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/ Winter shoes and crampons for very small feet!

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joekoruk - on 29 Aug 2018

My wife has very small feet. UK size 1, EU size 32 or 33. We were hoping to head out into the hills this winter and then on to Chamonix next year. 

I have searched everywhere online and also read previous posts - which were mainly concerned with women who have size ~34-35 feet, which seems easier to find.

Does anyone know where I can get mountaineering boots and crampons that would fit? i.e. EU 32/33, UK1?

Many thanks.

Post edited at 17:10
86inch - on 29 Aug 2018
In reply to joekoruk:

I think you'll genuinely struggle to find some that small.  The market for such tiny boots is very small so no-one caters for it.

My experience is looking for boots for my boys, we once had a pair of Rossignol B2 boots (size 34) but thats the smallest i've ever seen. We bought them (unused) from a seller on the Outdoor Gear Exchange on Facebook. Sold them on when they were outgrown.

Smallest size commonly available is 36 - so its worth trying those if you haven't already. Decathlon do a pair (https://www.decathlon.co.uk/womens-light-mountain-boots-id_8393495.html).

As for Crampons, assuming you can find boots, then a set of Grivel G10's should do it, or similar 10-pointers with a short front section.

 

gravy - on 29 Aug 2018
In reply to 86inch:

mountain technology 10pt  crampons go the smallest I think - I got them on a pair of size 32 boots.  Boots I don't know.

Welsh Kate - on 29 Aug 2018
In reply to joekoruk:

Altberg do a made to measure service for people with unusual feet. It'll be expensive, and whether the Mallerstang, which looks like their stiffest boot, would be suitable for your wife, is another matter. Kids boots tend not to be particularly stiff, but you might find something.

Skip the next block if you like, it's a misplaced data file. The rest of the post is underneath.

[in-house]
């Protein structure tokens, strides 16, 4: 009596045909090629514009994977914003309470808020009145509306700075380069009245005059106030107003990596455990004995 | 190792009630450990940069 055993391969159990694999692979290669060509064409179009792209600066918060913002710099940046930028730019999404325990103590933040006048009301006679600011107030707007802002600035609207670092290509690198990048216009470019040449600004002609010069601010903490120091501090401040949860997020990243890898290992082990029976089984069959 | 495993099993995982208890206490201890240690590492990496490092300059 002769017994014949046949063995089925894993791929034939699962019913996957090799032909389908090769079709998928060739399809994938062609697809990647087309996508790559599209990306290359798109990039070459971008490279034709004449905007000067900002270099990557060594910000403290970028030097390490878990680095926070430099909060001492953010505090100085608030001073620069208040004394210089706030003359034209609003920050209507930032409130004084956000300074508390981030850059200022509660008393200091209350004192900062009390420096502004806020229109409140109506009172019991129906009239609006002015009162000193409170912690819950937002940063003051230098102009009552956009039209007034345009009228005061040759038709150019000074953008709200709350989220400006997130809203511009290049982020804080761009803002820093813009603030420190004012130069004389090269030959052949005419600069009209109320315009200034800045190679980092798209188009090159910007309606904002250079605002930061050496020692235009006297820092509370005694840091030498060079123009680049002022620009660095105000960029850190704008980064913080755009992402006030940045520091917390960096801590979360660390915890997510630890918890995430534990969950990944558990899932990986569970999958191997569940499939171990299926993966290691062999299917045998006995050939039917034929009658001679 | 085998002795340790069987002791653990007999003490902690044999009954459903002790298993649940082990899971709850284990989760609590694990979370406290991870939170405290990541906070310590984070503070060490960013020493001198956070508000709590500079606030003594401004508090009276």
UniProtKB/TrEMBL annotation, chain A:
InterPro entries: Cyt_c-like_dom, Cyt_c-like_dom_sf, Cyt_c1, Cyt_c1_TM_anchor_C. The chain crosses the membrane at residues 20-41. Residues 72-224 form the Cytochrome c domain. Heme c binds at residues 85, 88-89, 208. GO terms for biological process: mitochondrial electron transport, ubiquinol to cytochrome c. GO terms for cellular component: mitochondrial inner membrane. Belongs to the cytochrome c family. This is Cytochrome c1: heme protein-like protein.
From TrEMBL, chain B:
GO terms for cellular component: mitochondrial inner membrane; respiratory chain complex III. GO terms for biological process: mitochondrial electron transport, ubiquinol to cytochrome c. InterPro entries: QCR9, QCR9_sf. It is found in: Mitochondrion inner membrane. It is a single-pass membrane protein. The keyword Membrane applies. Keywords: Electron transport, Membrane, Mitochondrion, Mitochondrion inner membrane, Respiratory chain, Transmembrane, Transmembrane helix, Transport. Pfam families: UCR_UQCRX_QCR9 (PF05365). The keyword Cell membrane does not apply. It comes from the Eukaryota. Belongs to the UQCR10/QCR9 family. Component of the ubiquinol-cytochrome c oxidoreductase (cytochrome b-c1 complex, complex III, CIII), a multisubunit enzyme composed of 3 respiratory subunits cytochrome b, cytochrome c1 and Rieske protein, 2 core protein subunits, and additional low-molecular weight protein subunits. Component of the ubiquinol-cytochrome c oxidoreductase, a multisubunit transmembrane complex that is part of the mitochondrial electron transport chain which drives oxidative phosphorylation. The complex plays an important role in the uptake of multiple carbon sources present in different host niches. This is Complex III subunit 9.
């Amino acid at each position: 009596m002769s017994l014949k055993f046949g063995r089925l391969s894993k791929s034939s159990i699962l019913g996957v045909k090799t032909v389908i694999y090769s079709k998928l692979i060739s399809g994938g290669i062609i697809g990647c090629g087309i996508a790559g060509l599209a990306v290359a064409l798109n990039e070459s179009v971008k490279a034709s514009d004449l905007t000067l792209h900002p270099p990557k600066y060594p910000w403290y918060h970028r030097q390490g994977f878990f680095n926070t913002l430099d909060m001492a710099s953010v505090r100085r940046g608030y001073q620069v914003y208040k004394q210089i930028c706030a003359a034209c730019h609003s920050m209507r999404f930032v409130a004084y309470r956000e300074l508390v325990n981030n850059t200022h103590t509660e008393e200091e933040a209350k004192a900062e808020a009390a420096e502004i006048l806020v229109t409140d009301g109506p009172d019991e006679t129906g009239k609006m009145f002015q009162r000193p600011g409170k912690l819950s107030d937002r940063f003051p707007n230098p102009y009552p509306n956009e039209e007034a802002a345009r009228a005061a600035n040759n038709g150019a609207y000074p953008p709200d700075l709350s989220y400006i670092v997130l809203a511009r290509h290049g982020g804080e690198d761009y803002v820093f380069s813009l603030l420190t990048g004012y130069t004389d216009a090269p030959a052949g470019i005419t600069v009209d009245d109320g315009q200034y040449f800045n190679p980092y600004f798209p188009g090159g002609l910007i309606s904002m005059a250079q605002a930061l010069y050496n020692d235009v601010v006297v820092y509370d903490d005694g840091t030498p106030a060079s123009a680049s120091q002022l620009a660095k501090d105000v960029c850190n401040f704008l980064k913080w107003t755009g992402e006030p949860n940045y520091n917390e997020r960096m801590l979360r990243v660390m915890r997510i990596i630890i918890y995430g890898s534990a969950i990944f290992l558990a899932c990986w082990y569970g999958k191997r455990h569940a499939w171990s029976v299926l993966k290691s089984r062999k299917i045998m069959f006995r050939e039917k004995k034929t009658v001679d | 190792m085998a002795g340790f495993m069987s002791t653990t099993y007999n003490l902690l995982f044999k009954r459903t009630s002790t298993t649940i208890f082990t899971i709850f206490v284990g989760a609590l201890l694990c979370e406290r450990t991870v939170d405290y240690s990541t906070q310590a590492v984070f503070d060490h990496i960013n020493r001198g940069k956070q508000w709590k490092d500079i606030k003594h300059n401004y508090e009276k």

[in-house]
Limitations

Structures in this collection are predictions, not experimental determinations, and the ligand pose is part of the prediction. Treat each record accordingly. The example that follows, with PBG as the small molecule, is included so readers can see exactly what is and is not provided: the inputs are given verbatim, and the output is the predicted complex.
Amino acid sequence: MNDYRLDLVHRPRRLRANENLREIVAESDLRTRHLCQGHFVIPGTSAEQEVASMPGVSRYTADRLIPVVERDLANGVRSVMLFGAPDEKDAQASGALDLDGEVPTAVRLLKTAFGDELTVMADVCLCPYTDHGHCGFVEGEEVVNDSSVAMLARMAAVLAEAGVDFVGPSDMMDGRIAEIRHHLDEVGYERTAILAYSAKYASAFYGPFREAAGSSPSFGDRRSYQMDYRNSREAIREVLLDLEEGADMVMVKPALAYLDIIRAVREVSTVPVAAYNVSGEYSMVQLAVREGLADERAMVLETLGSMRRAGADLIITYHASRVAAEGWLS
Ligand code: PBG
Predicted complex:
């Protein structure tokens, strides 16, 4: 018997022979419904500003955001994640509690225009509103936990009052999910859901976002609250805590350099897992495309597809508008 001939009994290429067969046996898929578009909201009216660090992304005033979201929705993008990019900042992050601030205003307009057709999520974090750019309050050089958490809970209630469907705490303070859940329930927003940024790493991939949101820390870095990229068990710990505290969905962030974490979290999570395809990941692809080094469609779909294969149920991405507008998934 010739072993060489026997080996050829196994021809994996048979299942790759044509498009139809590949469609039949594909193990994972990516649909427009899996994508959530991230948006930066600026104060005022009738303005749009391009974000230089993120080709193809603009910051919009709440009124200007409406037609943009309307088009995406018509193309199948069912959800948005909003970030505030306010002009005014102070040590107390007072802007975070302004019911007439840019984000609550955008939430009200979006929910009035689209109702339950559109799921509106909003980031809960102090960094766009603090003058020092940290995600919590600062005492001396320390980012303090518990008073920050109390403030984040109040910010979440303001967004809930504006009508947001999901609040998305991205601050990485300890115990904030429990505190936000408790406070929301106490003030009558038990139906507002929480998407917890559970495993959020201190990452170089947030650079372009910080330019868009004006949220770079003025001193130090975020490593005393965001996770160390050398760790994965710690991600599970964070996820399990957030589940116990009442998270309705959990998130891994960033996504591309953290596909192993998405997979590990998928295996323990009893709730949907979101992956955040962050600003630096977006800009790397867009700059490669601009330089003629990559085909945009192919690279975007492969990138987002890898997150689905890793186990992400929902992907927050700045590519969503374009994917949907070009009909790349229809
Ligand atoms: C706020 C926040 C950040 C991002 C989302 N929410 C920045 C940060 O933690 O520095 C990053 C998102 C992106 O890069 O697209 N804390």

lisafer on 29 Aug 2018
In reply to joekoruk:

Give a shop like Joe Brown a call and try and speak to the manager/senior staff. I used to work there many years ago and we got a pair of himalayan boots for a size 2 ish. Some of the manufacturers do a slightly extended range, but no shop ever advertises/stocks them- they might be able to order in especially though. If not, then its Altberg or other 'bespoke boots' as mentioned earlier.  Also worth remembering you may go up a size in stiffer boots, and insoles make a big difference to filling out a slightly big boot...

Also, a graded boot (B1 etc) feels stiffer when small - my "B2/3" boots in a size 4 are stiffer than almost any B3 I've seen in 'big sizes'.

Good luck!

Post edited at 23:09
Vanessa Simmons on 30 Aug 2018
In reply to joekoruk:

Be careful which crampons you choose because the toe of the boot can project over the front points reducing their effectiveness (particularly a problem with Grivel).

kathrync - on 30 Aug 2018
In reply to joekoruk:

I also have tiny feet, although at 2.5 not quite as small as your wife.  Most of my day to day shoes are 34 or 35 in european sizes.

Many people find they like their boots slightly bigger for winter anyway - for me a 36 or even 37 is fine and my actual shoe size usually feels too small with my preferred hiking socks on.  This enables me to use the footbeds I want to make the comfortable, and wear my preferred socks.  I also don't start banging my toes on the ends when my feet have swollen slightly at the end of the day.